Words: Helen McKenzie
Photography: Richard Eaton
The Venice Biennale is the best place to track down the world’s keenest collectors of contemporary art. Fresh from checking out Sarah Lucas at the British pavilion, English collectors Stephanie Simon and Andrew Hale talk about their shared love for art, the friendships they have forged and the effect art has on their personal creativity.
Jewellery designer Simon says with a touch of pride: “Sarah’s work is amazing! It is also very personal in a way, because we have transcended the artist/collector relationship. She is now a friend and we can see where she draws her references from; it is very emotional, seeing the transition of her work, the evolution and how her works have come to be massive cultural pieces on this grand scale, it is really exciting.”
Hale, songwriter and keyboard musician for band Sade, met Simon when he had a small gallery in London. But he has no plans to go back to the gallerist life in the future: “I much prefer to be on the other side of it,” he says. “When I was a gallerist, I was quite young and naïve and idealistic.” With a smile he adds that he is happy to “leave it to the professionals”.
Hale and Simon’s 20-year-old collection is global and includes work by top artists from the United States, Mexico, Germany and the United Kingdom, including Sarah Lucas, Angus Fairhurst, Matthew Barney, Jonathan Horowitz, Chris Offili, Juergen Tell- er, Matthias Weischer, Robert Mapplethorpe, Gabriel Kuri, Don Brown, Simon Periton and David Korty, to name a few. Hale says access to international art has dramatically increased over the past two decades. “It was interesting when Frieze first started in London, only 15 years or so ago, we were talking to the directors and it was amazing how few collectors there were at the time; we just assumed that there were others like us, but in fact England was quite parochial until relatively recently. The art market generally has become huge, with the rise of the art fair and the opportunity you’ve got to see international artists who were hardly known or recognised outside their reach.” Do they always agree on works to purchase and are they equally engaged in collecting? Simon laughingly claims she is not quite as avid as Hale, who she says must attend every art fair. Not being on the same page at the same time has resulted in some misgivings and a new policy for the pair. They missed a John Currin painting, which Simon says, “I grew to regret. After that moment we decided that there was no way in hell that if the other person feels that they really love the work and can see the value – not monetary – then we say to the other person, ‘just buy it,’ because no one wants to be responsible for the other saying, ‘I told you we should have gotten that.’ Now we buy jointly as well as independently.”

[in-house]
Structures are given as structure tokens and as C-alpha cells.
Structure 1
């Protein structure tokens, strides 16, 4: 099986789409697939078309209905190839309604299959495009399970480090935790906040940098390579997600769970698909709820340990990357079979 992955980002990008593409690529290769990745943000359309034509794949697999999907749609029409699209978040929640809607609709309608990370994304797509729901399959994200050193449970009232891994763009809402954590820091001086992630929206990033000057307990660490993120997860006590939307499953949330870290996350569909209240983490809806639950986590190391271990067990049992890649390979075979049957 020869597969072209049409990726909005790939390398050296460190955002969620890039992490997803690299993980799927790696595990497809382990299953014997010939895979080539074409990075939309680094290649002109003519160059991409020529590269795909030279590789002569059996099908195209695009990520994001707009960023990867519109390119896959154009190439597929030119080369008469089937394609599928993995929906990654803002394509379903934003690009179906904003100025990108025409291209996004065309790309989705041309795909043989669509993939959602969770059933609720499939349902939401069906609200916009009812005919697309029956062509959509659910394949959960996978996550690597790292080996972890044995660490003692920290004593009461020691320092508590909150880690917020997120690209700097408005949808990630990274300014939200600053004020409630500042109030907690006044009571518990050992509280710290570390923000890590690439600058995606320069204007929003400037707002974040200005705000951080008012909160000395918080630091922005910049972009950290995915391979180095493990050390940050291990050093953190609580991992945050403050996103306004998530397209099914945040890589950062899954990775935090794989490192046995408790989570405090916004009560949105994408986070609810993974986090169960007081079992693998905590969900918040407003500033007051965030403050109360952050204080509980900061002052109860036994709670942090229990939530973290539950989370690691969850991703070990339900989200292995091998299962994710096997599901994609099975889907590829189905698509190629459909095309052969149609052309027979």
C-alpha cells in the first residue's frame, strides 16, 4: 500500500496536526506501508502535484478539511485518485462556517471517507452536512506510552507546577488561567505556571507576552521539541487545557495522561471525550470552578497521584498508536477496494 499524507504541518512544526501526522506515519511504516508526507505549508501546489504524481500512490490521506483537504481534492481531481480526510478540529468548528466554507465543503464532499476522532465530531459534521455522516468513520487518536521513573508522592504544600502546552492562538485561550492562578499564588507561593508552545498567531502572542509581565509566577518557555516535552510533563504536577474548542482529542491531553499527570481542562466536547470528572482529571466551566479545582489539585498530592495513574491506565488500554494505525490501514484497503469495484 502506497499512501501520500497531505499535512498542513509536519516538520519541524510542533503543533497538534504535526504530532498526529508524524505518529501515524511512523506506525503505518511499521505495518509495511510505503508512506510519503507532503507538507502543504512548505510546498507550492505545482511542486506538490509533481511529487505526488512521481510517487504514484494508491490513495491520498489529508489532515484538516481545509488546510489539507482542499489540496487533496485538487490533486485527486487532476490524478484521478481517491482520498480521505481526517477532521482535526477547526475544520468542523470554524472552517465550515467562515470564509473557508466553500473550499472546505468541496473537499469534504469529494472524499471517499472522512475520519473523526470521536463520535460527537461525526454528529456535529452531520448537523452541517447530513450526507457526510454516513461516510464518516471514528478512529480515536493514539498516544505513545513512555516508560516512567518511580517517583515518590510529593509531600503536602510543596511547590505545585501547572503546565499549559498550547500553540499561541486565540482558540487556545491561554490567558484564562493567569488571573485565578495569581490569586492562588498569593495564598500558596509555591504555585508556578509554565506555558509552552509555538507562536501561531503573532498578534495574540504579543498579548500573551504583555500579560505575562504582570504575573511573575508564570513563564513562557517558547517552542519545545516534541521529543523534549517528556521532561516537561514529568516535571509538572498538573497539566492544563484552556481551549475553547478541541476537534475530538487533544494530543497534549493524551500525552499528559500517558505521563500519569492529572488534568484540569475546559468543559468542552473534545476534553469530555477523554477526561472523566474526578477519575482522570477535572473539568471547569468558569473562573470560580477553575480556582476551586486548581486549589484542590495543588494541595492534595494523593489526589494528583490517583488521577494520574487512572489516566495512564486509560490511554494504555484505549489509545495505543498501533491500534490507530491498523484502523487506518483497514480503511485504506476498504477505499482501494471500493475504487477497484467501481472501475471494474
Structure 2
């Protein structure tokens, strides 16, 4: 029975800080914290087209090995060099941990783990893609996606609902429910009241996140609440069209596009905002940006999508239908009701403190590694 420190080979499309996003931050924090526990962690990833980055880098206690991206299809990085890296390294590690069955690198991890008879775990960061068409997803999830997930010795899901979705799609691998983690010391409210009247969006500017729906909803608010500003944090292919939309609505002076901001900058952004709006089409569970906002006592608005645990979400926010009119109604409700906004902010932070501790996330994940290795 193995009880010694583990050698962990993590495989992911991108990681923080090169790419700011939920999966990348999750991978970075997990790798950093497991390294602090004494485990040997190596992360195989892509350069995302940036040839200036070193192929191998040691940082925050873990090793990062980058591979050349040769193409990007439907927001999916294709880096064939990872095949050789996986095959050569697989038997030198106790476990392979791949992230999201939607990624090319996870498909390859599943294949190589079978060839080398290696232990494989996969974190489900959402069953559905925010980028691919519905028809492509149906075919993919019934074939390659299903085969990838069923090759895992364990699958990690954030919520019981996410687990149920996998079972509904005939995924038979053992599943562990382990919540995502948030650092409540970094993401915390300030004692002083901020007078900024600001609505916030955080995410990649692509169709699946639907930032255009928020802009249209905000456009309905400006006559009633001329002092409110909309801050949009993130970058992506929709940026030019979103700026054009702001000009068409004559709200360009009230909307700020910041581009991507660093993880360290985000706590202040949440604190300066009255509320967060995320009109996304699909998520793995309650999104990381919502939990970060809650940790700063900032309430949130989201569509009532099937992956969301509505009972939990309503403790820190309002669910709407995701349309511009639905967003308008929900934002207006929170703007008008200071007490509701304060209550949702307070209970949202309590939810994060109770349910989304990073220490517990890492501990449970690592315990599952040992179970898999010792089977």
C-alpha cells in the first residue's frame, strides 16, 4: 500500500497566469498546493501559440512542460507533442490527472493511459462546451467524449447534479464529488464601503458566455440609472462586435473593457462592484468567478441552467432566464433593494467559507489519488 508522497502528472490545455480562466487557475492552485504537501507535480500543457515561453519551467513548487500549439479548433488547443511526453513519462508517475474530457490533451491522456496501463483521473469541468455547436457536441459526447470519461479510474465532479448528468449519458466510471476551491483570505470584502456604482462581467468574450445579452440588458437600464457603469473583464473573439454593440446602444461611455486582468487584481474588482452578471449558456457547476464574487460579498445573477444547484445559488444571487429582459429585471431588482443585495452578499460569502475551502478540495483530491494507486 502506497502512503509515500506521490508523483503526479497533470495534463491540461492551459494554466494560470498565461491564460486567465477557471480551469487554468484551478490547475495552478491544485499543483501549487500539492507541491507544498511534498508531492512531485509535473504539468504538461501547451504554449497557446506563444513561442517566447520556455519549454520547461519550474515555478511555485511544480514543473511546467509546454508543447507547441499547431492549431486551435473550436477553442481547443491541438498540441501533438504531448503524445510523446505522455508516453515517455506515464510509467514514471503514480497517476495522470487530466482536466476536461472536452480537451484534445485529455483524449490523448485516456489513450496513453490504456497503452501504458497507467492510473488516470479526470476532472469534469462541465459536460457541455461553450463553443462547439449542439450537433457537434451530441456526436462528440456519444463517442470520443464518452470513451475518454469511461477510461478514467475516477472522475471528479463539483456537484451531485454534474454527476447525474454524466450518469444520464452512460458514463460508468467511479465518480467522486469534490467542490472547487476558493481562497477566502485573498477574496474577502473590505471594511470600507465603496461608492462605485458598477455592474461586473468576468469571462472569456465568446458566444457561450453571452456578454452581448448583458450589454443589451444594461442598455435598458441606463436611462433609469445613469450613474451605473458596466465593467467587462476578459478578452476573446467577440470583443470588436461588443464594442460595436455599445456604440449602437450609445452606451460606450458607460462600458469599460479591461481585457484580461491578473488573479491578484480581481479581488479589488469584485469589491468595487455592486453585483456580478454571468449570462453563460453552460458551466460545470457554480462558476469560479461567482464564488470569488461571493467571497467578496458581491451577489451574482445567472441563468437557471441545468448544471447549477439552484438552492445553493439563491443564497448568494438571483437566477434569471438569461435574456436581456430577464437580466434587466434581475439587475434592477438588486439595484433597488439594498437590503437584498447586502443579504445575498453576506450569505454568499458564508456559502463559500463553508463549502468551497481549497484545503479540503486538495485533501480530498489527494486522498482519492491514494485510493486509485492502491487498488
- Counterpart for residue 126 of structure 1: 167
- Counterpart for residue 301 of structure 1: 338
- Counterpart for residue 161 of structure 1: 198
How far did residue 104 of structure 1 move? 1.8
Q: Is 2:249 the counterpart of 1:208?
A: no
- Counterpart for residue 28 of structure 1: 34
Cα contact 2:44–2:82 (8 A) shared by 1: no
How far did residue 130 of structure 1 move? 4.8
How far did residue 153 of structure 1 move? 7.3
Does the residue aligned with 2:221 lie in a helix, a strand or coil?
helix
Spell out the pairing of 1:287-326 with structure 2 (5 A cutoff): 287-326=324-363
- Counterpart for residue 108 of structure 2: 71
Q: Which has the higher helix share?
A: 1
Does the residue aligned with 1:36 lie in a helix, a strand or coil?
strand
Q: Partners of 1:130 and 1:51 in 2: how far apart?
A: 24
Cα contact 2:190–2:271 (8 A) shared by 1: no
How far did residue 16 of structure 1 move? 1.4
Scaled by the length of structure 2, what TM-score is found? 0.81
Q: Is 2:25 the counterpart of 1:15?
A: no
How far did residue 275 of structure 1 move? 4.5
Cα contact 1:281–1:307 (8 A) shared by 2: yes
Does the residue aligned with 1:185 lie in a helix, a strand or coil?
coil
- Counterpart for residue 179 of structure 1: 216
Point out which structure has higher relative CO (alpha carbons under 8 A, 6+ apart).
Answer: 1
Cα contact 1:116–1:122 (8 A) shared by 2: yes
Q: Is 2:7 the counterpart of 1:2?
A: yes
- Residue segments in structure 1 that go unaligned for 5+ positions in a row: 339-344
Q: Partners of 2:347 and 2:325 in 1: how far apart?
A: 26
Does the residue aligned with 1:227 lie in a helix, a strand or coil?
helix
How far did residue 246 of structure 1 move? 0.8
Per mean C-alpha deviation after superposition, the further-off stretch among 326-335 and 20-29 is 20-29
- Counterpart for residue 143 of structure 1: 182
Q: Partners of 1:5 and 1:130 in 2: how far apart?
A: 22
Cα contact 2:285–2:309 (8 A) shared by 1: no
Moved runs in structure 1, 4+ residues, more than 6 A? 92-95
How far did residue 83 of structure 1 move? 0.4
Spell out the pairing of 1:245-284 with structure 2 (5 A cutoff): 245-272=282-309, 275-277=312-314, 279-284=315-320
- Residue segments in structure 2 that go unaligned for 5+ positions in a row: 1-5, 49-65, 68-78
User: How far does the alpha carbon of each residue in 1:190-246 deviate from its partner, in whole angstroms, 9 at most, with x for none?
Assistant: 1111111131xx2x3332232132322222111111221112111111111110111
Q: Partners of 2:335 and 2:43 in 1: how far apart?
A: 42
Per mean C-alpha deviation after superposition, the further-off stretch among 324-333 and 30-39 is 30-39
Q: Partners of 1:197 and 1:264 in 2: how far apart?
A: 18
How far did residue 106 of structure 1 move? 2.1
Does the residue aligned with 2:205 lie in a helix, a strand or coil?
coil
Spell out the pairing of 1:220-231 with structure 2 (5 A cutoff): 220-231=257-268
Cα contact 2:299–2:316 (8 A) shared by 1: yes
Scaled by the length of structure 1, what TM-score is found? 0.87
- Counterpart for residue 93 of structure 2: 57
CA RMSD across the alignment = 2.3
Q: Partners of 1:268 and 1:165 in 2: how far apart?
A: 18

Connection with the art world is also inspirational for their personal creative endeavours. Simon comments: “Being around art lends itself to ideas and concepts, it helped me evolve as a jeweller, how I look at materials.” Her latest addition to her jewellery range is a marble cuff, incised with gold or precious stones. Hale’s friendships with artists allowed him to produce a film called Descricted, which explores artists’ responses to pornography.
Soon he will start work on a new Sade album. Looking around at the other Venice Biennale pavilions still to explore, he says: “Art inspires you to go back and do the creative work that you do. Artists make you look at the world in a different way. It is true for any writer, musician, jeweller, architect – that is why we are all here.”
This article was originally published in Art Collector issue 73, JUL – SEP 2015.